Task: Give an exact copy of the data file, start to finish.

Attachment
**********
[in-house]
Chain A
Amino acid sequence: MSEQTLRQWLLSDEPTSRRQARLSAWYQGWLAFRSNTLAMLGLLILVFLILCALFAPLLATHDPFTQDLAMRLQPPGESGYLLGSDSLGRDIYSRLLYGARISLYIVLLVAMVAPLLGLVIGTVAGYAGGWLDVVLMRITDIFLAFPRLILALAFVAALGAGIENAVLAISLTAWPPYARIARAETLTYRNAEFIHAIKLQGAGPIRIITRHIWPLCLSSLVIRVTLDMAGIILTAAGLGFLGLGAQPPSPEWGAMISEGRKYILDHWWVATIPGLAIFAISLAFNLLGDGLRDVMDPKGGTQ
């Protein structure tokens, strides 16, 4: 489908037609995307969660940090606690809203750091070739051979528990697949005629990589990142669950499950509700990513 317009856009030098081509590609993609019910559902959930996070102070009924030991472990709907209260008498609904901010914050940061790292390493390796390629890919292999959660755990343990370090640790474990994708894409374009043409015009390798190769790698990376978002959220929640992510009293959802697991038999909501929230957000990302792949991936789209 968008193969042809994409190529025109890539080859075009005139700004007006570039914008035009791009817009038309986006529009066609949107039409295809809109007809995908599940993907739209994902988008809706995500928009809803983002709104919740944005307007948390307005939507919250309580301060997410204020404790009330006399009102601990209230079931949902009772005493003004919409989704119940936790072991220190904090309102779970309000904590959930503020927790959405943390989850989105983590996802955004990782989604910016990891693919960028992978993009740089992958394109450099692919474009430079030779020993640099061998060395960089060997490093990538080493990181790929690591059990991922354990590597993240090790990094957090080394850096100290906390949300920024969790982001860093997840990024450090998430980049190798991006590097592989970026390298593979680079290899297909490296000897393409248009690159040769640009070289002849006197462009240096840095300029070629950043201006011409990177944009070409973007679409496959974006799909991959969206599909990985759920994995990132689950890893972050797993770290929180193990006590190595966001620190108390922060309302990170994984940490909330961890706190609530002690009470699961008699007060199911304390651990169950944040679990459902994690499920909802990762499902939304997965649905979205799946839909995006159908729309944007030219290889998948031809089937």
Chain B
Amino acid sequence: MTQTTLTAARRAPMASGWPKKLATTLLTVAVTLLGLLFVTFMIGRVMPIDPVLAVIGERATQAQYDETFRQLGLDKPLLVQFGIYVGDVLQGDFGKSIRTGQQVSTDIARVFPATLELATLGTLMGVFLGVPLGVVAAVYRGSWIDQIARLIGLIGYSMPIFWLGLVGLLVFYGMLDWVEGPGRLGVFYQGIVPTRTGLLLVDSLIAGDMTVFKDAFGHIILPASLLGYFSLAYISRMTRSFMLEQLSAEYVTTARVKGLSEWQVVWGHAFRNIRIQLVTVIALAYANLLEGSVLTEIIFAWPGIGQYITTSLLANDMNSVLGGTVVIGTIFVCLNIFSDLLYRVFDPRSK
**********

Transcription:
[in-house]
Chain A
Amino acid sequence: MSEQTLRQWLLSDEPTSRRQARLSAWYQGWLAFRSNTLAMLGLLILVFLILCALFAPLLATHDPFTQDLAMRLQPPGESGYLLGSDSLGRDIYSRLLYGARISLYIVLLVAMVAPLLGLVIGTVAGYAGGWLDVVLMRITDIFLAFPRLILALAFVAALGAGIENAVLAISLTAWPPYARIARAETLTYRNAEFIHAIKLQGAGPIRIITRHIWPLCLSSLVIRVTLDMAGIILTAAGLGFLGLGAQPPSPEWGAMISEGRKYILDHWWVATIPGLAIFAISLAFNLLGDGLRDVMDPKGGTQ
């Protein structure tokens, strides 16, 4: 489908037609995307969660940090606690809203750091070739051979528990697949005629990589990142669950499950509700990513 317009856009030098081509590609993609019910559902959930996070102070009924030991472990709907209260008498609904901010914050940061790292390493390796390629890919292999959660755990343990370090640790474990994708894409374009043409015009390798190769790698990376978002959220929640992510009293959802697991038999909501929230957000990302792949991936789209 968008193969042809994409190529025109890539080859075009005139700004007006570039914008035009791009817009038309986006529009066609949107039409295809809109007809995908599940993907739209994902988008809706995500928009809803983002709104919740944005307007948390307005939507919250309580301060997410204020404790009330006399009102601990209230079931949902009772005493003004919409989704119940936790072991220190904090309102779970309000904590959930503020927790959405943390989850989105983590996802955004990782989604910016990891693919960028992978993009740089992958394109450099692919474009430079030779020993640099061998060395960089060997490093990538080493990181790929690591059990991922354990590597993240090790990094957090080394850096100290906390949300920024969790982001860093997840990024450090998430980049190798991006590097592989970026390298593979680079290899297909490296000897393409248009690159040769640009070289002849006197462009240096840095300029070629950043201006011409990177944009070409973007679409496959974006799909991959969206599909990985759920994995990132689950890893972050797993770290929180193990006590190595966001620190108390922060309302990170994984940490909330961890706190609530002690009470699961008699007060199911304390651990169950944040679990459902994690499920909802990762499902939304997965649905979205799946839909995006159908729309944007030219290889998948031809089937």
Chain B
Amino acid sequence: MTQTTLTAARRAPMASGWPKKLATTLLTVAVTLLGLLFVTFMIGRVMPIDPVLAVIGERATQAQYDETFRQLGLDKPLLVQFGIYVGDVLQGDFGKSIRTGQQVSTDIARVFPATLELATLGTLMGVFLGVPLGVVAAVYRGSWIDQIARLIGLIGYSMPIFWLGLVGLLVFYGMLDWVEGPGRLGVFYQGIVPTRTGLLLVDSLIAGDMTVFKDAFGHIILPASLLGYFSLAYISRMTRSFMLEQLSAEYVTTARVKGLSEWQVVWGHAFRNIRIQLVTVIALAYANLLEGSVLTEIIFAWPGIGQYITTSLLANDMNSVLGGTVVIGTIFVCLNIFSDLLYRVFDPRSK